Ringo Starr’s First Band Missed Their Chance to Share a Bill With Eddie Cochran, but it Might Have Saved The Beatles
Before The Beatles added Ringo Starr as their drummer and left their mark on the music world, they took inspiration from American musicians. Artists such as Elvis Presley, Buddy Holly, Chuck Berry, and Little Richard influenced the Fab Four and countless English musicians. Eddie Cochran was another influence on developing English rock stars. Ringo’s first band missed out on a chance to share the same bill with the legendary rocker, and it might have saved The Beatles as we know them.
Ringo Starr and The Beatles were influenced by American rock of the 1950s
Before they took over the world, the members of The Beatles were teenagers starting bands and playing around Liverpool. The burgeoning songwriters found inspiration listening to American rock ‘n’ roll music.
Buddy Holly was almost universally adored. Little Richard and Chuck Berry influenced several notable English bands formed in the 1960s. Ringo once said his favorite song is a little-known Ray Charles track. Paul McCartney said the Isley Brothers changed The Beatles’ lives for the better. John Lennon said there wouldn’t have been a Fab Four without Elvis, and The King may have inspired one of The Beatles’ early hits.
Cochran crossed the pond to tour England in 1960. As Ringo once recalled, his first band was set to share a bill with the “Summertime Blue” and “C’mon Everybody” singer, but they never had that chance.
How Ringo’s first band missed his chance to share a bill with Eddie Cochran
In due time, Ringo and The Beatles could have asked any artist to share a bill with them and received a full-throated yes. But the former Richard Starkey didn’t hold that kind of sway when Cochran toured England in 1960.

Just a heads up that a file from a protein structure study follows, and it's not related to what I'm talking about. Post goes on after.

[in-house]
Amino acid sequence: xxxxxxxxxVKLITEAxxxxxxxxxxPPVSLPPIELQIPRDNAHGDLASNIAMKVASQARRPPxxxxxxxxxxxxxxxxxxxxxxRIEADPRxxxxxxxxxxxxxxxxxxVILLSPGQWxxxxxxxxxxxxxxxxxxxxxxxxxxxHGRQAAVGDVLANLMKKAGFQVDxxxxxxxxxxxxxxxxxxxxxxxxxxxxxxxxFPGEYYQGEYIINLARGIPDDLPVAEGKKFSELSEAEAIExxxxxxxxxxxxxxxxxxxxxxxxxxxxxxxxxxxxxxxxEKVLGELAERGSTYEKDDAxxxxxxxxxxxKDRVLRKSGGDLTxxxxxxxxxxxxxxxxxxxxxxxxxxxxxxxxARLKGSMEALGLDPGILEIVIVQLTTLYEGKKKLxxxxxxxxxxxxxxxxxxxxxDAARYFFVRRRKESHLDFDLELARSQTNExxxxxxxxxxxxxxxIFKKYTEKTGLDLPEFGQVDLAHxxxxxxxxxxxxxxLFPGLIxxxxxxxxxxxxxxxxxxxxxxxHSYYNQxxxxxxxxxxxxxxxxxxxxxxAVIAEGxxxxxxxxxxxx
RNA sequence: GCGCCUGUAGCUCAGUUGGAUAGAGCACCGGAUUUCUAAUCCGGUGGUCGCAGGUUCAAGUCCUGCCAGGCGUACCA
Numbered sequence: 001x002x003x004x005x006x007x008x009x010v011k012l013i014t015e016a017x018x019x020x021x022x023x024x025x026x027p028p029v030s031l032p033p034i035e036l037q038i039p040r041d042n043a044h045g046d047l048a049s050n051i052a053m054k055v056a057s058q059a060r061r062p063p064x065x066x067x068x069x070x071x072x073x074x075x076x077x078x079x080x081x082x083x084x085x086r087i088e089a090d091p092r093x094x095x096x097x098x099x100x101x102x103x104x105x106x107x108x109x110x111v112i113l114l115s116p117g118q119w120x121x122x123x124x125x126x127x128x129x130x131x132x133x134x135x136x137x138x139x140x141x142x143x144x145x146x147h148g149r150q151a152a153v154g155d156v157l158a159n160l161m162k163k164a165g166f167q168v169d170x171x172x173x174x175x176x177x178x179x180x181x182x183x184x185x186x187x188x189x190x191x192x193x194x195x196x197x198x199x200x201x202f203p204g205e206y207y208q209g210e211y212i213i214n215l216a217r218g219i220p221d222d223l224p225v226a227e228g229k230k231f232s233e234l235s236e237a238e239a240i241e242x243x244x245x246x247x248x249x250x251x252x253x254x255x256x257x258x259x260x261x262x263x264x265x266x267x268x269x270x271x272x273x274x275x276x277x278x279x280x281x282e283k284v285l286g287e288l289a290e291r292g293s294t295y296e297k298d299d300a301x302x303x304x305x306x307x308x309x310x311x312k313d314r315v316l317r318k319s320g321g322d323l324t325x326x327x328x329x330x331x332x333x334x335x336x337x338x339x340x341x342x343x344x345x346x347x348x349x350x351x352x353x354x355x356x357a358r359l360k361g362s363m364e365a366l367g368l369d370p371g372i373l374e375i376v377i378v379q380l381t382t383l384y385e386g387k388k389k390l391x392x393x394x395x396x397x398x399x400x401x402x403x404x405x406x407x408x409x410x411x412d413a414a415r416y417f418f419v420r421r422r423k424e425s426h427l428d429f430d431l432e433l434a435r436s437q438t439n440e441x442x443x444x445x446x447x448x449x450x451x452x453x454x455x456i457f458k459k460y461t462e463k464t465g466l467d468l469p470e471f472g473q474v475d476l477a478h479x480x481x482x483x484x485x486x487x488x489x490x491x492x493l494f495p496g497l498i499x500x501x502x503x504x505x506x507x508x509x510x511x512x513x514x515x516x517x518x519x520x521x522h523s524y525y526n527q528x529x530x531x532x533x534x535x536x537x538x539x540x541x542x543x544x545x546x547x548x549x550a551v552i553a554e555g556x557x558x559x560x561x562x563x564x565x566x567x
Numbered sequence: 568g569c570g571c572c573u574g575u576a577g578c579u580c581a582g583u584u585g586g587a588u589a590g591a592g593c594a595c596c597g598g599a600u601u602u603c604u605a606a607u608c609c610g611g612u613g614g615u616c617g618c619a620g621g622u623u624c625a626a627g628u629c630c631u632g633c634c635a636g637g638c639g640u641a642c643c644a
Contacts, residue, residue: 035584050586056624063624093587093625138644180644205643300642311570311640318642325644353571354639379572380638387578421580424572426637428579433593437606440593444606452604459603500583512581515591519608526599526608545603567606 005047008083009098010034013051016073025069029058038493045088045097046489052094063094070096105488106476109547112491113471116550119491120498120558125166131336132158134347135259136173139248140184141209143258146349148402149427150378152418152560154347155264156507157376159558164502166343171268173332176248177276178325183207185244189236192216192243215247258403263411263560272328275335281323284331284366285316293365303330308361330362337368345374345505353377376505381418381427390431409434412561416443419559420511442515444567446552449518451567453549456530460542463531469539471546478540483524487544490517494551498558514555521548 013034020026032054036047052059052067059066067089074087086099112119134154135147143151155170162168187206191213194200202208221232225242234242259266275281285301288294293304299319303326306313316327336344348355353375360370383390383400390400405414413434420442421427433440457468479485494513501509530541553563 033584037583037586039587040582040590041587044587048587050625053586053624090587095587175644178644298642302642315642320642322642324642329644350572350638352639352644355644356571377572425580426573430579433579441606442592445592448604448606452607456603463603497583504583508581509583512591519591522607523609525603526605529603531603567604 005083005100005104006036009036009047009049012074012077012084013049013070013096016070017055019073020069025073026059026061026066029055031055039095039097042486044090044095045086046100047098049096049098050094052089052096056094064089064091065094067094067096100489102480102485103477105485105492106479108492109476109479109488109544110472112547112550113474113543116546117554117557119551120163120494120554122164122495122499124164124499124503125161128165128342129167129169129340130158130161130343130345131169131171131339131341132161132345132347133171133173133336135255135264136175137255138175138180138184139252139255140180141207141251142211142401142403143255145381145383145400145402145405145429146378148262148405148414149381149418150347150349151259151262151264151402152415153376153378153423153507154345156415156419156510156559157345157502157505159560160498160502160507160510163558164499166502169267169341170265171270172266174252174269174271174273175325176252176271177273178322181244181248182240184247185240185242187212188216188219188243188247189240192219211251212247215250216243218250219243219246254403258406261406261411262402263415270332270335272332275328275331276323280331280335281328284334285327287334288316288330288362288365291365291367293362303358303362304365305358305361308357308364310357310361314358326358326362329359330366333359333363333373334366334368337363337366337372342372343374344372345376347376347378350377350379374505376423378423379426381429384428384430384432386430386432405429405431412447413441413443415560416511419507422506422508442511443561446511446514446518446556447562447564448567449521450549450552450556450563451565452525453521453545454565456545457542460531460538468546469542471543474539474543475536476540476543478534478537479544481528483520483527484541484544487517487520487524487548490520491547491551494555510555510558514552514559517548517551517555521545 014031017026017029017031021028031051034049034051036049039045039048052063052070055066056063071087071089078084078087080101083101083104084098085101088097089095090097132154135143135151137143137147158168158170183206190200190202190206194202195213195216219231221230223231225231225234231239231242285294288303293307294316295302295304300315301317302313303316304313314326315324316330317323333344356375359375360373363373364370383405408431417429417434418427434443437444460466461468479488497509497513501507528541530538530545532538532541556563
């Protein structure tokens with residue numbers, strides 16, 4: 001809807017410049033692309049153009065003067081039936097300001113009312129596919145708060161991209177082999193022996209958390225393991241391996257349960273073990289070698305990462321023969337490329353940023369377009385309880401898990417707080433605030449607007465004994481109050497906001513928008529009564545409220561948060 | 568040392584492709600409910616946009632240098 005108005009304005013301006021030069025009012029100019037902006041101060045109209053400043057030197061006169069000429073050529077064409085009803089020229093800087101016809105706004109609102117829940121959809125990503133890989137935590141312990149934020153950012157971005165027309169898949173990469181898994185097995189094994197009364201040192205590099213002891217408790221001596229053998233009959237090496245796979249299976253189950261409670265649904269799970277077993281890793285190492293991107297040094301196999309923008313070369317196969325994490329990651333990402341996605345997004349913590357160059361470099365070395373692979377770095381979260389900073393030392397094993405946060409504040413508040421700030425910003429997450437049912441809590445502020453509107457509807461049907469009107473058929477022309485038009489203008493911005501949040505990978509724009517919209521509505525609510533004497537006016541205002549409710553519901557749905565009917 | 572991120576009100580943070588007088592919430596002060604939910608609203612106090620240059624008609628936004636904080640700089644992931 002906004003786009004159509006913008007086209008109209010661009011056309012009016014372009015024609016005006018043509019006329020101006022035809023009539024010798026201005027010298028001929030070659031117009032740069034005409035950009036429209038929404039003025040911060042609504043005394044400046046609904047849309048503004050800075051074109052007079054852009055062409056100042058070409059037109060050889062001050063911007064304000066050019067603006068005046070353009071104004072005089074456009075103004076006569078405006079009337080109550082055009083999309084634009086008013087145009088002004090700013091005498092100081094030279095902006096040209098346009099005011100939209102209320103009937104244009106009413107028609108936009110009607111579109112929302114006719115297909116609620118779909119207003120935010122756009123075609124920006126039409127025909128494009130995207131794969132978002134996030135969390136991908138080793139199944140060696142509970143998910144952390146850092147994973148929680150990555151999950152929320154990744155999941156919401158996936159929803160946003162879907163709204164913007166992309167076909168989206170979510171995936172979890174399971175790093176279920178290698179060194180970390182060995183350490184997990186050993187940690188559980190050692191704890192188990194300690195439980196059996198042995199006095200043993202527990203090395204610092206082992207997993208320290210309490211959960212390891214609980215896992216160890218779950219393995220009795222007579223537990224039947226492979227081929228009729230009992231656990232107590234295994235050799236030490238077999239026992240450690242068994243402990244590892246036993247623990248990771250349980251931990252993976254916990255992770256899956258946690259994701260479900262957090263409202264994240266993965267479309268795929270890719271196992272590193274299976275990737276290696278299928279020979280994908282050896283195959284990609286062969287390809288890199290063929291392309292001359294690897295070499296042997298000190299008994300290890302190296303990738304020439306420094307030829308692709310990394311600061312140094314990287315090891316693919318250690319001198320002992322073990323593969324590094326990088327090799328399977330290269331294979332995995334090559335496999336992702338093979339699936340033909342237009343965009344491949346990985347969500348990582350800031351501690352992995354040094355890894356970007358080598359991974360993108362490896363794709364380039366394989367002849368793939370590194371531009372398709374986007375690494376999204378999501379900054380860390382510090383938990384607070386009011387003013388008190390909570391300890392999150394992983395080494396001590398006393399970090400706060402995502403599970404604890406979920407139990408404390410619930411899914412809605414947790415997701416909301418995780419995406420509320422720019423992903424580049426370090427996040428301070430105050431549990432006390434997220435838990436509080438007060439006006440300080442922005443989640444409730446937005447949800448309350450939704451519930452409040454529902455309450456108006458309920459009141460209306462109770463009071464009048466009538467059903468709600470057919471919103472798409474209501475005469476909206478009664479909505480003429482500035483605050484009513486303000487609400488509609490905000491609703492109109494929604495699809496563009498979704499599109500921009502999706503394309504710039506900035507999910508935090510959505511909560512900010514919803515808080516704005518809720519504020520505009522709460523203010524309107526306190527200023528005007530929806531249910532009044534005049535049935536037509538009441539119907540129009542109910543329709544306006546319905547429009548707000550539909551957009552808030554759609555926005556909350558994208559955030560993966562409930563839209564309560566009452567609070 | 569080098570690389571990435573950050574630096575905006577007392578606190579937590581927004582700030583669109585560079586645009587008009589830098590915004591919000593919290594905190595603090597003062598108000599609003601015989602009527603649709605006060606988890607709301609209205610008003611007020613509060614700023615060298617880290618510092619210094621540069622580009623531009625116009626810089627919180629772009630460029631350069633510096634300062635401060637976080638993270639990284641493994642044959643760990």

Rory Storm & the Hurricanes, Ringo’s first band before he impressed Paul in just one moment and joined The Beatles, were still up and comers. Playing a bill with Eddie Cochran in 1960 was a big deal. But as Ringo told Conan O’Brien (via YouTube), they never had that chance:
“Eddie Cochran came to play [England]. It was him and Gene Vincent and somebody else doing a tour of England, and they were going to play Liverpool. With Rory Storm & the Hurricanes, we were going to be on the same bill as Eddie Cochran. Anyway, God rest his soul, he died before he got to Liverpool. We didn’t think, ‘Oh God.’ We thought, ‘He could have waited ’til he played Liverpool.'”Ringo Starr on how his first band missed out on playing with Eddie Cochran
According to the drummer, Cochran’s untimely death in a car crash robbed Ringo of his chance to play with the rock ‘n’ roll legend. That might have been a blessing for The Beatles and saved the band as we know them.
The Beatles might have looked quite different if Ringo had played alongside Cochran
Cochran’s death very well might have allowed The Beatles as we know them to form (at least in this version of revisionist history).
Rory Storm & the Hurricanes were hardly an anonymous band in Liverpool in 1960. However, sharing a stage with Cochran could have sent their stock skyrocketing. Perhaps they start touring outside Liverpool and headlining shows across England based on the notoriety gained from their Cochran concert. All of a sudden, Ringo is the timekeeper for a group rapidly gaining popularity in England.
In this version of history, Ringo is already part of a successful band and making more money than he ever had growing up in working-class Liverpool. If John, Paul, and George Harrison asked him to join the Beatles in 1962, would they have been able to match his pay from playing with a suddenly successful Rory Storm? Would he say yes and accept a pay decrease? Would The Beatles have become the the band that redefined pop music without Ringo’s impressive drumming skills?
Thankfully for music fans, we don’t have to live in this reality. Ringo Starr’s first band missed its chance to play alongside Eddie Cochran in 1960, he joined The Beatles in 1962, and the rest is history.
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